Middlebury College’s Department of History made headlines at the end of January when they announced a ban on the use of Wikipedia as a reference. Later in February, a Classics course at Oberlin College was required to use Wikipedia for a research assignment. These stories are but two of many that have prompted educators across the country to debate the value of Wikipedia as an educational tool. What are it strengths, its limits? When, if ever, is it appropriate to use Wikipedia for research? Should we be using it in the classroom at all?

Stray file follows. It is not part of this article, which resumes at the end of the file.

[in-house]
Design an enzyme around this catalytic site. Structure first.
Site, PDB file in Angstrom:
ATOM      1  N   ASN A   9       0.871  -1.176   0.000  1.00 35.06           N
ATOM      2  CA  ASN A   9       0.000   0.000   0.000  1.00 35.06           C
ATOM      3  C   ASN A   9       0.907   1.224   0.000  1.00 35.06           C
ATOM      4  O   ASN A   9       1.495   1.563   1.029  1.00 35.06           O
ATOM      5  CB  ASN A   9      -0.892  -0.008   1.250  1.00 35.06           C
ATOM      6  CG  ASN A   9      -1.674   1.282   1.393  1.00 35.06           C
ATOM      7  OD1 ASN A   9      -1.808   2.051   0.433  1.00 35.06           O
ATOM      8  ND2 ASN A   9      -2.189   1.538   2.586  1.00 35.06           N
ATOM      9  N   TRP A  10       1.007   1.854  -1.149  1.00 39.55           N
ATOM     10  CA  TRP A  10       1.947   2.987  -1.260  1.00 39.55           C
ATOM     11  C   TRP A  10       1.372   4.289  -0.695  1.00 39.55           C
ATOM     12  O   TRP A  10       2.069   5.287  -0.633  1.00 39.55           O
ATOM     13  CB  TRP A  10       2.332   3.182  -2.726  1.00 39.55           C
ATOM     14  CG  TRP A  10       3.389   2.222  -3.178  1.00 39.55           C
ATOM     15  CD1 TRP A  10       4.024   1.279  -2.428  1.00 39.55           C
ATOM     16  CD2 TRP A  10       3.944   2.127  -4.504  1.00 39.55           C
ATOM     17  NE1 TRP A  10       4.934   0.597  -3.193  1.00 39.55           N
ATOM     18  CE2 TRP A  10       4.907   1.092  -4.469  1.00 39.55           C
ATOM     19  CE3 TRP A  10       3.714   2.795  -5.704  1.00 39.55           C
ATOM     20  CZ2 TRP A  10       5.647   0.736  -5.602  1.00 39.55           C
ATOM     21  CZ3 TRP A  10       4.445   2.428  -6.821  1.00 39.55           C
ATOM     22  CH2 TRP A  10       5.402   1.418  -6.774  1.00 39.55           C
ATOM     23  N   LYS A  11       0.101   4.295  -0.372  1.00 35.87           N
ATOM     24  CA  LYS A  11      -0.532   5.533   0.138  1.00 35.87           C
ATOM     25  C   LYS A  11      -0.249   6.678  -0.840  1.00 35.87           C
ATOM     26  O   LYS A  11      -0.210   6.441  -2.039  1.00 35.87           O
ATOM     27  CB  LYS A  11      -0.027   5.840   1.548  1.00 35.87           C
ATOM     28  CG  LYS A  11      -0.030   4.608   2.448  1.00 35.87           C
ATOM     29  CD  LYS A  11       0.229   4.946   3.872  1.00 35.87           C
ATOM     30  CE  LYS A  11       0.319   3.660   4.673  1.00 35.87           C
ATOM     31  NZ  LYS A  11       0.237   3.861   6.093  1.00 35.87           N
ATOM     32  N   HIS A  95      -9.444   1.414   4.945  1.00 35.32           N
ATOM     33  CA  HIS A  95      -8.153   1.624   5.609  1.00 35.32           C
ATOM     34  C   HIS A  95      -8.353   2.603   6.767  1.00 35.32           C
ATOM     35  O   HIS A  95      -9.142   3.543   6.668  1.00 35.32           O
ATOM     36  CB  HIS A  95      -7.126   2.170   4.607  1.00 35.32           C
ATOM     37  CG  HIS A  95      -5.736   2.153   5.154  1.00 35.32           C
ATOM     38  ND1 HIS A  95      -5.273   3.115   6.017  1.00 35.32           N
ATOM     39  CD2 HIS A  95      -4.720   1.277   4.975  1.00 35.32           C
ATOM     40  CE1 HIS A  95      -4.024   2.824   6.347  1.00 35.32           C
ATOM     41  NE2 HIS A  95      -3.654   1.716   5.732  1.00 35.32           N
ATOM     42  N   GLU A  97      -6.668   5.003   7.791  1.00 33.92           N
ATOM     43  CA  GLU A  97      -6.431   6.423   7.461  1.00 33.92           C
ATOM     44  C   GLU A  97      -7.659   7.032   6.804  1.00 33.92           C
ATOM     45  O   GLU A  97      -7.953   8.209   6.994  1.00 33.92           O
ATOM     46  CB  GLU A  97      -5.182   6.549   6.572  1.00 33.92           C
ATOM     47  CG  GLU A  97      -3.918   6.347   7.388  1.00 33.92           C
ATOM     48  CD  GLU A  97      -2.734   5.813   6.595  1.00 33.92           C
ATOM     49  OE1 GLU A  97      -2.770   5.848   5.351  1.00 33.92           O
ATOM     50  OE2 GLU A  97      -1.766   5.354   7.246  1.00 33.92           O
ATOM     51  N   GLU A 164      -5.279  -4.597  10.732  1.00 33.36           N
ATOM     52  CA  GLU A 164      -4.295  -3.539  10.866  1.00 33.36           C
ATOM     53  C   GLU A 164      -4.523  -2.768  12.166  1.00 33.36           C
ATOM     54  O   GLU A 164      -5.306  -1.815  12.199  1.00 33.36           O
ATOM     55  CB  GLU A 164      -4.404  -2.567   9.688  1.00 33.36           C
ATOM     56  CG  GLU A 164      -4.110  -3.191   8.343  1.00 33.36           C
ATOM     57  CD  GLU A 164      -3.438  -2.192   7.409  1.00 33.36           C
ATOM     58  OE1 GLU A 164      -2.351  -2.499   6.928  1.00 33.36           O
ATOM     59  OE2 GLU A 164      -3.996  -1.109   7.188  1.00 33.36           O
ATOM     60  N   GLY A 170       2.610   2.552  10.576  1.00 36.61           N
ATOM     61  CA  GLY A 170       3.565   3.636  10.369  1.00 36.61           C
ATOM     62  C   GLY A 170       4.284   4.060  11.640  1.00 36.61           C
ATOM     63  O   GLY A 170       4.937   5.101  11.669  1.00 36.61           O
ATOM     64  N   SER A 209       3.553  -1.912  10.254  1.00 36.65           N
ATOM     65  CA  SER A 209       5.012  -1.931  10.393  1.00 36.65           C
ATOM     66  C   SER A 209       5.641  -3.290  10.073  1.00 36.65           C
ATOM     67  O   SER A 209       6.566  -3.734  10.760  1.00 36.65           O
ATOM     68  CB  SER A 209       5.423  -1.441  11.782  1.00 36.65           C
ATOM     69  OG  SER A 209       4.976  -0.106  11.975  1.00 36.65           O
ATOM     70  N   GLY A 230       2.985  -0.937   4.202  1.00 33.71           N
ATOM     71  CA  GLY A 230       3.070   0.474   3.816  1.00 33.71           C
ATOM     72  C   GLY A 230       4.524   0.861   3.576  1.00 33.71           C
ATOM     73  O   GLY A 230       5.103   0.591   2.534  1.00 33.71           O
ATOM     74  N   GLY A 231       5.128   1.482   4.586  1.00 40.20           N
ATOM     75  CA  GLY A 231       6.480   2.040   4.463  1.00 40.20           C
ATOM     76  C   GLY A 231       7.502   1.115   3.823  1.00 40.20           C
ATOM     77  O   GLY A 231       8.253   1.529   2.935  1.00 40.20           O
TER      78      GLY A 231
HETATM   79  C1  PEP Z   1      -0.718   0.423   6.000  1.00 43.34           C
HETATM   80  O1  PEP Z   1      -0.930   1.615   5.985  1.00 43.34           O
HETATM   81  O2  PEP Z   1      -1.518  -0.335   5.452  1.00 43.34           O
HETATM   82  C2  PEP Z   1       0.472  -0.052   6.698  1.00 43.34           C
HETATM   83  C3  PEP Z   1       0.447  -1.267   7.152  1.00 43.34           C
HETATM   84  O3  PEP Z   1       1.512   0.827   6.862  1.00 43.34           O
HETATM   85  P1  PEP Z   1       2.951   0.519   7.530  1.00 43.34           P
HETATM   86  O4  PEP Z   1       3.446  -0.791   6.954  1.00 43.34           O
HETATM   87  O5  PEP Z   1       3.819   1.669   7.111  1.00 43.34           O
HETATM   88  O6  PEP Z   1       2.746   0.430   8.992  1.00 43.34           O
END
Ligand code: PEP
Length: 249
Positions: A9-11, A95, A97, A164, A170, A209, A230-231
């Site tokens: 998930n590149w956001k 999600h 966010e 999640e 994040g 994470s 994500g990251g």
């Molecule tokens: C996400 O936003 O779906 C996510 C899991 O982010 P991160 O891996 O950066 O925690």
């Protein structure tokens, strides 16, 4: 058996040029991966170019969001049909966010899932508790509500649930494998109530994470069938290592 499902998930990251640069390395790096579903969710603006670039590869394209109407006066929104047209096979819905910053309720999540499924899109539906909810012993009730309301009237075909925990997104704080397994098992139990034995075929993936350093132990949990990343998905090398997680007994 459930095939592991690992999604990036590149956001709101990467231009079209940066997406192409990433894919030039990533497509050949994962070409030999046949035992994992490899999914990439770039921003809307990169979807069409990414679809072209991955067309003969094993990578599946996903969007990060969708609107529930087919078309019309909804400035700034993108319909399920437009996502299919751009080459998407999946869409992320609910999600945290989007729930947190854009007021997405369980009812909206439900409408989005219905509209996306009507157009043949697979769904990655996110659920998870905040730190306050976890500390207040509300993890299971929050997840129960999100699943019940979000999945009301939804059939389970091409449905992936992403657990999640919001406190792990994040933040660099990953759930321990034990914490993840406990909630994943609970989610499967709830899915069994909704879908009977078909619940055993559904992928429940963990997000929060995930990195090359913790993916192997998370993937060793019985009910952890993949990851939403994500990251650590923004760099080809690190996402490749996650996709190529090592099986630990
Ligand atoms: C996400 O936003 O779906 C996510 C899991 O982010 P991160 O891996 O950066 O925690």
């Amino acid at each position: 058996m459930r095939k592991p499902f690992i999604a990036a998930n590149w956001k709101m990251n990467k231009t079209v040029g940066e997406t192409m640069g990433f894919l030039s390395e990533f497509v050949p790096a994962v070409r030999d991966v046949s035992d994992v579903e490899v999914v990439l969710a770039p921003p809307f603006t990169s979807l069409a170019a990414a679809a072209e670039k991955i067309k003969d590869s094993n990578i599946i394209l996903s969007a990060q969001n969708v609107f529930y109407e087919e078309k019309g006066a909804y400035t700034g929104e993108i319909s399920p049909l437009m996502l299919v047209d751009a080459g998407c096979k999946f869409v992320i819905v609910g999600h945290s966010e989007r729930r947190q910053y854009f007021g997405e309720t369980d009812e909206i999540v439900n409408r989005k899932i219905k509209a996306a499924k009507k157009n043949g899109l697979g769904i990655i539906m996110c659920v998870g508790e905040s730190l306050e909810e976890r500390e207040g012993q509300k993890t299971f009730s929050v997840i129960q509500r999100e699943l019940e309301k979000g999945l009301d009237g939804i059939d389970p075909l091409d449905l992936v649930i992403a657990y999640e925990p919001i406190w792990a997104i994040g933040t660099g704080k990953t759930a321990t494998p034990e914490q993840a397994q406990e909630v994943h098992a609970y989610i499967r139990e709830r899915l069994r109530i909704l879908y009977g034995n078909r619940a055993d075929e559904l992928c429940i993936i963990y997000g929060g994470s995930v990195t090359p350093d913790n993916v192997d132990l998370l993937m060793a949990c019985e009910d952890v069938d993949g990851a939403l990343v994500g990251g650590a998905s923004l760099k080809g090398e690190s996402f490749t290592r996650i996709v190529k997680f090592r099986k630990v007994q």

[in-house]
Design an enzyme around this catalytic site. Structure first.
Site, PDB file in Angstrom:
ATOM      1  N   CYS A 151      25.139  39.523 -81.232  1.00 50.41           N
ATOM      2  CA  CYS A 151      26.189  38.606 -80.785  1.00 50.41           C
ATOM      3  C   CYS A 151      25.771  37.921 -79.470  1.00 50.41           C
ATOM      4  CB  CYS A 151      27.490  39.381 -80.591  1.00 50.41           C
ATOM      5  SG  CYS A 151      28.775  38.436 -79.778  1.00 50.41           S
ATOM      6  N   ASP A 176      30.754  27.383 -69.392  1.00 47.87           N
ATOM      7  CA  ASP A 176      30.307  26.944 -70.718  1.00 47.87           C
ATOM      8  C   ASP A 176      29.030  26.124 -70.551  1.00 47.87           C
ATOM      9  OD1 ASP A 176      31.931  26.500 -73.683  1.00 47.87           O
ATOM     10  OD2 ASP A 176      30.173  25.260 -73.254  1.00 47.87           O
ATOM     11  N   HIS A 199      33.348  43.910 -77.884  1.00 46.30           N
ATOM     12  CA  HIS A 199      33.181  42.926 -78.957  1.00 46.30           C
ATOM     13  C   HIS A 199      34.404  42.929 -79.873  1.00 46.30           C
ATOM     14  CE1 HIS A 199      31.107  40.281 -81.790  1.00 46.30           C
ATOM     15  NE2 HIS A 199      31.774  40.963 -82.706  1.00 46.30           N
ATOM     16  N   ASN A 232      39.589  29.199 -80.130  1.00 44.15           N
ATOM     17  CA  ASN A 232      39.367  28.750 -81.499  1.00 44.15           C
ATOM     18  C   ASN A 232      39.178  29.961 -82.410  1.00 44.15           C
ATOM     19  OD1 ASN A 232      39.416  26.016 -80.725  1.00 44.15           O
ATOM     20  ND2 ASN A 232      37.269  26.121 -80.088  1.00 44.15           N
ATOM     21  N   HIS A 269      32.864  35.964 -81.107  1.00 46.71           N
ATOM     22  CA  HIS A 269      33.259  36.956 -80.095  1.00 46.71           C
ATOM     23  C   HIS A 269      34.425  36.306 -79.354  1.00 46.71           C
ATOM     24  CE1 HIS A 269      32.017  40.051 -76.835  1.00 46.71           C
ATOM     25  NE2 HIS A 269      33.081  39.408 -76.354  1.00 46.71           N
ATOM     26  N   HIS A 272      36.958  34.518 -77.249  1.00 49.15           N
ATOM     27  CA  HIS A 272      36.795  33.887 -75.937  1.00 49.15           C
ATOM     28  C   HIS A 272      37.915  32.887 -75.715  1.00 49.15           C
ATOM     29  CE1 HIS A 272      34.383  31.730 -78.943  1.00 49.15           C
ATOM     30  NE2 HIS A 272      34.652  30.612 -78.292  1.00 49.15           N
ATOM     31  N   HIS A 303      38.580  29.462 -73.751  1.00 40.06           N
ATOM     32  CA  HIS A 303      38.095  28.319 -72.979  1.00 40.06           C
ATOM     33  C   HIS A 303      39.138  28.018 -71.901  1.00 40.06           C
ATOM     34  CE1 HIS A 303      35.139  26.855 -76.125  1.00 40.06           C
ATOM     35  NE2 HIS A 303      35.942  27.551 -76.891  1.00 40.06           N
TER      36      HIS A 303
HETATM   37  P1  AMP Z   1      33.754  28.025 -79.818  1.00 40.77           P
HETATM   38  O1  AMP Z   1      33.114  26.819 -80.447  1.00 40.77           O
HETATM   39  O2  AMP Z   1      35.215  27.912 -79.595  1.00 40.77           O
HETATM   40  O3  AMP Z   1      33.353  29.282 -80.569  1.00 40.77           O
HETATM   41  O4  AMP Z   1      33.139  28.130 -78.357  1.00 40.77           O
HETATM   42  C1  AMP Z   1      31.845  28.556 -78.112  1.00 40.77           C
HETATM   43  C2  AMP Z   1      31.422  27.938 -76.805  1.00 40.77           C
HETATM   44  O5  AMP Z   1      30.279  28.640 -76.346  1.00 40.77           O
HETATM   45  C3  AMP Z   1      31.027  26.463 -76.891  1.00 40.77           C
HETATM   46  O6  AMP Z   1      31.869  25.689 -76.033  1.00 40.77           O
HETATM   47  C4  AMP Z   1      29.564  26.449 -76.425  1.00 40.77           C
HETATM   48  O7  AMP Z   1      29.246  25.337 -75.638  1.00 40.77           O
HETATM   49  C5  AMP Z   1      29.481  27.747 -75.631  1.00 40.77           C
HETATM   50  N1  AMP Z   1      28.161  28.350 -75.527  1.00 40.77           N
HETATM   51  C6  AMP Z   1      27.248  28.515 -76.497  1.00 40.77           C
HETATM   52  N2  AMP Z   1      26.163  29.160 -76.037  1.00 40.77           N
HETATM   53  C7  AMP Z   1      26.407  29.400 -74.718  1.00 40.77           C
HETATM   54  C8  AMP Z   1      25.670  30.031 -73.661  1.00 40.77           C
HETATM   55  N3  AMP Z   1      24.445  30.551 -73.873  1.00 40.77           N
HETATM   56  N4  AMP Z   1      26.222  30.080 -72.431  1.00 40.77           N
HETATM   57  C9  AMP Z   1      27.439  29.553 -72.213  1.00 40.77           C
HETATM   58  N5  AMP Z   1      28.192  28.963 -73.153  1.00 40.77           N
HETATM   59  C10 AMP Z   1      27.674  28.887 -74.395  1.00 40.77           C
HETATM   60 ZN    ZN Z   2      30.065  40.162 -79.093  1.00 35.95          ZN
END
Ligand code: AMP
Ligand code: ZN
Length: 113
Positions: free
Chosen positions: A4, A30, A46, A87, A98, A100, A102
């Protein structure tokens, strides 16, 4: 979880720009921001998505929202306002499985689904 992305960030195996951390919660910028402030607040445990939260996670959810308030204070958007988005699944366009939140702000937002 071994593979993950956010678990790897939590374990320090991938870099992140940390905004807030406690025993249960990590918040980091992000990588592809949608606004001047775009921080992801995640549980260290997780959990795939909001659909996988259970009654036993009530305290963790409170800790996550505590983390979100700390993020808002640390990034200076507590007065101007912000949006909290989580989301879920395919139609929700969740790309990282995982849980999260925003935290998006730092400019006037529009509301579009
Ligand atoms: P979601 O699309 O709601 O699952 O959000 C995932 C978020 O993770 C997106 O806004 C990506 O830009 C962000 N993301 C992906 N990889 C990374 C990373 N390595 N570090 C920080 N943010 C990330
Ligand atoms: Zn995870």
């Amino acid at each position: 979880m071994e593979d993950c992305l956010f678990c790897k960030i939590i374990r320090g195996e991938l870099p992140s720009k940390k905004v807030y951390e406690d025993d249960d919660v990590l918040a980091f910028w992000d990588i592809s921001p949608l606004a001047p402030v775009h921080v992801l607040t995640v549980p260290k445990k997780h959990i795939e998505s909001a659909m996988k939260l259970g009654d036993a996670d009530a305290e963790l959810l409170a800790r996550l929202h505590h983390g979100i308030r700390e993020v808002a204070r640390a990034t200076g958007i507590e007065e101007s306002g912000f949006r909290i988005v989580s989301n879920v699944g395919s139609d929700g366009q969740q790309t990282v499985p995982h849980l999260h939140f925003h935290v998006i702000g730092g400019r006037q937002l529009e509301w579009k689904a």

On Thursday, 29 March 2007, we welcomed Don Wyatt (chair of the Department of History at Middlebury College), Elizabeth Colantoni (Visiting Assistant Professor of Classics at Oberlin College), Robert Berkman (Visiting Associate Professor at The New School), and Bryan Alexander (Director of Research at NITLE) for what started out as a discussion about Wikipedia in the classroom, but which took a couple of very interesting turns to touch on “malicious misinformation,” student and professor motivation, and other collaborative knowledge-gathering tools.
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